Exercise Equipment – The Back Stories

We’ve all used dumbbells, BOSU balls, Swiss balls and other great exercise equipment. But have you ever wondered where and how they were created? The word “dumbbell” originated from England during the Tudor era when athletes used hand-held church bells to train their upper bodies. But with the clappers taken out to mute the bells and their loud sound silenced, they were named dumb bells.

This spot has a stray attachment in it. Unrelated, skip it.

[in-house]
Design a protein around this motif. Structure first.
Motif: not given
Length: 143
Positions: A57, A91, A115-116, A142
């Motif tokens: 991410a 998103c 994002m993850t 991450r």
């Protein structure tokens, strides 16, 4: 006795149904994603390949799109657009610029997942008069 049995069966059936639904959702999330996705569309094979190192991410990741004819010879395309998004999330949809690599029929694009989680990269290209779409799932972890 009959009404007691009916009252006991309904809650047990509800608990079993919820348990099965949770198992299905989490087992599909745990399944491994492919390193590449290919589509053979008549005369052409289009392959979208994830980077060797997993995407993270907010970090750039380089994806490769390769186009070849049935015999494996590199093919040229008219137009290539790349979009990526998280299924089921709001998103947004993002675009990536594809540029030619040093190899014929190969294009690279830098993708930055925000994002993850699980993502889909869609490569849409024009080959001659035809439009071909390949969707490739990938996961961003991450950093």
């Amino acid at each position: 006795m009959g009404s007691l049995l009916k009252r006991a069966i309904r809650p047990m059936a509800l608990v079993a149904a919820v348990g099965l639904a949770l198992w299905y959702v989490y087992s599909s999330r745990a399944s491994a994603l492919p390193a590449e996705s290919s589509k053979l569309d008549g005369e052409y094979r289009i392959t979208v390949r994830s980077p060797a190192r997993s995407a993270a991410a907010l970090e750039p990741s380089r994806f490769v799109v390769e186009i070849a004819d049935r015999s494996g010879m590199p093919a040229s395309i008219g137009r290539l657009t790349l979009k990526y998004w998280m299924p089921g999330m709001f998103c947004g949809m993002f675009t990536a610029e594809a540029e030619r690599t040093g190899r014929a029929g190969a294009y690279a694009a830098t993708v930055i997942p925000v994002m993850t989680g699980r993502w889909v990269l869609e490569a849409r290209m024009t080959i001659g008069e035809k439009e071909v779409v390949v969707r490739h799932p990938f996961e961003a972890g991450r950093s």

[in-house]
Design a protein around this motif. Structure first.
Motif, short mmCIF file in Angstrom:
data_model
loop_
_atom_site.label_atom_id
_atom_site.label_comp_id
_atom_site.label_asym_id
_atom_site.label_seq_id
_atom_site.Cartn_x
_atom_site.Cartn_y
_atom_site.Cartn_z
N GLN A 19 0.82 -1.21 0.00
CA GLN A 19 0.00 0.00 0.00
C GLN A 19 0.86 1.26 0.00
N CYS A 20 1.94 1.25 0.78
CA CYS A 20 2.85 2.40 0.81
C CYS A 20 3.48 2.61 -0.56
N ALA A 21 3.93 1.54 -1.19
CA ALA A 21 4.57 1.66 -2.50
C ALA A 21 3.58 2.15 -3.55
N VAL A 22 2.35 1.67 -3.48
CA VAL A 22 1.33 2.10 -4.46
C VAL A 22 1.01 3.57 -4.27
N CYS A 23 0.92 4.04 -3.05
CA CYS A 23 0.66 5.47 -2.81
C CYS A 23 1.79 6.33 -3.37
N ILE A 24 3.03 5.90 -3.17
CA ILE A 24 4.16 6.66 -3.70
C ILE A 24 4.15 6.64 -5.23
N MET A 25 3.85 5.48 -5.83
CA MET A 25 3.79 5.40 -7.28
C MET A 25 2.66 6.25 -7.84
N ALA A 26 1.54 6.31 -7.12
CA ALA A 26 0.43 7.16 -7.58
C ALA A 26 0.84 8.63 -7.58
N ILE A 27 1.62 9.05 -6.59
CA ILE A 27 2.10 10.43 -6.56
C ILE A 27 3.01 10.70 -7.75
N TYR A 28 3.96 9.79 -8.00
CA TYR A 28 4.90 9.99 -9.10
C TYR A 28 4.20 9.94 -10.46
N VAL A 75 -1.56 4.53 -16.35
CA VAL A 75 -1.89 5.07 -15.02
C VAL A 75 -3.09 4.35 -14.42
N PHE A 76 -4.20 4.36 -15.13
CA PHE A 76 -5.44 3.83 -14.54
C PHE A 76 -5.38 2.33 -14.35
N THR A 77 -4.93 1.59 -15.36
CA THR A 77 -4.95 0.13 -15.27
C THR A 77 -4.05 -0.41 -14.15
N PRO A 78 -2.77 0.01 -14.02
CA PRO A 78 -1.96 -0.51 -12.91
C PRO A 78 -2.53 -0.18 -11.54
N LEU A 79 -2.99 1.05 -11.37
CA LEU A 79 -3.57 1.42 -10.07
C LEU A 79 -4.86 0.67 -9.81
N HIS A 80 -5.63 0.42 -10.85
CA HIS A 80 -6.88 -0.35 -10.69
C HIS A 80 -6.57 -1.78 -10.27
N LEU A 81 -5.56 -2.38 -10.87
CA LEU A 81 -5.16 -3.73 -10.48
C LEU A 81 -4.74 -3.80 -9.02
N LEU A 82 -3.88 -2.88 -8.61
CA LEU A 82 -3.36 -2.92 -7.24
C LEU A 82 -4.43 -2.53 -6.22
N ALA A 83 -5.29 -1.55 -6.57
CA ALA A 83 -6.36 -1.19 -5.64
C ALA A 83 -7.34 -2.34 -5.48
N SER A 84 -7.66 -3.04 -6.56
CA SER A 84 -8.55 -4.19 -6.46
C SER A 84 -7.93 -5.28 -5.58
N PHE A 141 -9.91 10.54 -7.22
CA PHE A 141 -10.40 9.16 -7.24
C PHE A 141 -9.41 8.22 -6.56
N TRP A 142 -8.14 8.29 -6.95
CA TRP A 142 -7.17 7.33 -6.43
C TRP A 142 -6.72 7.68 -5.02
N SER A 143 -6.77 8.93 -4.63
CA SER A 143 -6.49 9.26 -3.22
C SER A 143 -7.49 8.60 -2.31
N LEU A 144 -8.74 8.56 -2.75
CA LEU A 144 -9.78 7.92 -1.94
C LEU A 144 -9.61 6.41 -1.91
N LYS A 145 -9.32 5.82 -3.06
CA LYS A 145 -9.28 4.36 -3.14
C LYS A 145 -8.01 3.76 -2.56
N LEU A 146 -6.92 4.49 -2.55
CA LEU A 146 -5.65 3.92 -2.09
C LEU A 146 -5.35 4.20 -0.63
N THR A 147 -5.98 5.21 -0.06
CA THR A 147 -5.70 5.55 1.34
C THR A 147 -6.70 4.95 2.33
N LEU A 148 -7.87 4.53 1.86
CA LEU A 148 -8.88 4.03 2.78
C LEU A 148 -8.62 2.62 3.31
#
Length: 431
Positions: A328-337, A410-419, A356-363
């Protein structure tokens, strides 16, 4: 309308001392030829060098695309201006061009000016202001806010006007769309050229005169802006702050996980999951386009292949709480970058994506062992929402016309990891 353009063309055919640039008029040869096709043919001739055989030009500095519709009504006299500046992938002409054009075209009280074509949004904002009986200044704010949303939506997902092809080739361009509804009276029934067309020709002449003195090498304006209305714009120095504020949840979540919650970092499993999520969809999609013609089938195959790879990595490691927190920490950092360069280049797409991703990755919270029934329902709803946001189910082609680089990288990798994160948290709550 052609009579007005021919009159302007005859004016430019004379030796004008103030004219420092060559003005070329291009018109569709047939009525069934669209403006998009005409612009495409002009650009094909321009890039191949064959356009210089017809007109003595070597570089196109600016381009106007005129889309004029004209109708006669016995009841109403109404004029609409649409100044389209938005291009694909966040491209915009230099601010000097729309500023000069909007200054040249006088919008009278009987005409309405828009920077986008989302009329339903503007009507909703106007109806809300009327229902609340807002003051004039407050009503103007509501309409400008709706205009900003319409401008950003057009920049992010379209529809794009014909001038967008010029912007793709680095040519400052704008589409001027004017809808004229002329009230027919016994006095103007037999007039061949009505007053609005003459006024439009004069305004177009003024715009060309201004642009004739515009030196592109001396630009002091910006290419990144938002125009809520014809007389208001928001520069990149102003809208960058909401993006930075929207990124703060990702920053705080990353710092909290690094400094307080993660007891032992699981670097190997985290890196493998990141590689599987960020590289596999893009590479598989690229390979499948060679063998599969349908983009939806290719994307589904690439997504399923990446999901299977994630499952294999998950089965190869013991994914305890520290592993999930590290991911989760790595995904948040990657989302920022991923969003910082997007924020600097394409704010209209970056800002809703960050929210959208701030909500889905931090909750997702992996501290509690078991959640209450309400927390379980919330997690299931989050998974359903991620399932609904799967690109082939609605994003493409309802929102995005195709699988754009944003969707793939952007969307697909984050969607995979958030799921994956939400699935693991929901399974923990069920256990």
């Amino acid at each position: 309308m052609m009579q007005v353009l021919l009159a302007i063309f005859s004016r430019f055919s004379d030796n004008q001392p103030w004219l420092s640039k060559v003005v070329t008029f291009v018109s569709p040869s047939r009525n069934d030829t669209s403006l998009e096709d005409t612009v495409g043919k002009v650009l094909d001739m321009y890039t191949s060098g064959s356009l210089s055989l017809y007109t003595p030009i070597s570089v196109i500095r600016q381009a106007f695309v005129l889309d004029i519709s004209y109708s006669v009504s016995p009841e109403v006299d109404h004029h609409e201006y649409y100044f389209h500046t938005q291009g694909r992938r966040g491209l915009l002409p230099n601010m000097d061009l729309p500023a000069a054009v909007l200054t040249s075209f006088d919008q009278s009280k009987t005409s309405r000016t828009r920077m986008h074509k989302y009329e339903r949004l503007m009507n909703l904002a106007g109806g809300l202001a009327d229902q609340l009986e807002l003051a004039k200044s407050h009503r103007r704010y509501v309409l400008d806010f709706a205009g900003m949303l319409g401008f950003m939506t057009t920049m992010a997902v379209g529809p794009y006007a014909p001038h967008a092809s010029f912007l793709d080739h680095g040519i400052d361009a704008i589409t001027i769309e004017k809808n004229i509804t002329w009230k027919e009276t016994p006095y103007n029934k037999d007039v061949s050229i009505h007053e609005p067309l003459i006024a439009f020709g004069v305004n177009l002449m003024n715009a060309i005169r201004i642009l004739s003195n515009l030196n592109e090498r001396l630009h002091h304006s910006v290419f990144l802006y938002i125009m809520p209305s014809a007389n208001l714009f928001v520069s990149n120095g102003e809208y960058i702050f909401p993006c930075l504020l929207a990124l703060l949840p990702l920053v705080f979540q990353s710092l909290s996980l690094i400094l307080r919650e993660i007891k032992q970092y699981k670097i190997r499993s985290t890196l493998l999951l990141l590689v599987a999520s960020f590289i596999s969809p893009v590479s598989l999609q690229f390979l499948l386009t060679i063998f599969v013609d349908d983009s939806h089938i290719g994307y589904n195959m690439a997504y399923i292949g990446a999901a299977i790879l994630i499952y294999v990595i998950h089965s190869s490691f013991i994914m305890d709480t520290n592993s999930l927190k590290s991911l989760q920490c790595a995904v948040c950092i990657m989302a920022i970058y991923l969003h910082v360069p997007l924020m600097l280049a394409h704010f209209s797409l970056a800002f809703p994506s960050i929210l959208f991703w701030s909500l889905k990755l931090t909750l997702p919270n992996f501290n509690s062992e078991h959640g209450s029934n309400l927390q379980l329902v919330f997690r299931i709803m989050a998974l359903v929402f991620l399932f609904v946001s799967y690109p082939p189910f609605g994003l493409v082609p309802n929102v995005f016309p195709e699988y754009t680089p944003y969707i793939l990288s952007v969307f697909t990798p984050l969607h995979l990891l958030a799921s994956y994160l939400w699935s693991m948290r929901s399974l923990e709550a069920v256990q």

However, the ancient Greeks introduced the first concept of dumbbells nearly 2,000 years ago with a crescent-shaped stone that had a handle, called the haltere. It was used as a lifting weight as well as in other events like the long jump. More recently, David Weck invented the BOSU ball. BOSU is an acronym for “Both Sides Up” in reference to both ways the BOSU ball can be used during training. It’s also known as a blue half-ball because it looks like a stability hall cut in half. The BOSU ball first came into play in 1999 and has been a favorite in gyms ever since. The creation of the Swiss Ball was back in the 1960s by an Italian plastics manufacturer who developed large plastic balls that could not be punctured. The Pezzi balls, as they were known then, was used by a British physiotherapist, Mary Quinton, working in Switzerland. She used it in her treatment programs of newborn and infants. Dr. Susanne Klein-Vogelbach then integrated the ball exercises at the Physical Therapy School in Switzerland as part of the neuro-development treatment programs. When physical therapists in the US started to use the techniques they saw in Switzerland, that’s when the term Swiss Ball came about. Soon it became used in athletic training after the clinical benefits were proven. “Godfather of Fitness” Jack LaLanne invented The Smith Machine in the 1950s. He engineered the sliding device in his gym. The design was improved upon and by the end of the decade, the weight training equipment was being used and sold everywhere. The machine, which is a combo of a fixed weight and a free weight, is great for weight lifting, as a spotter isn’t needed.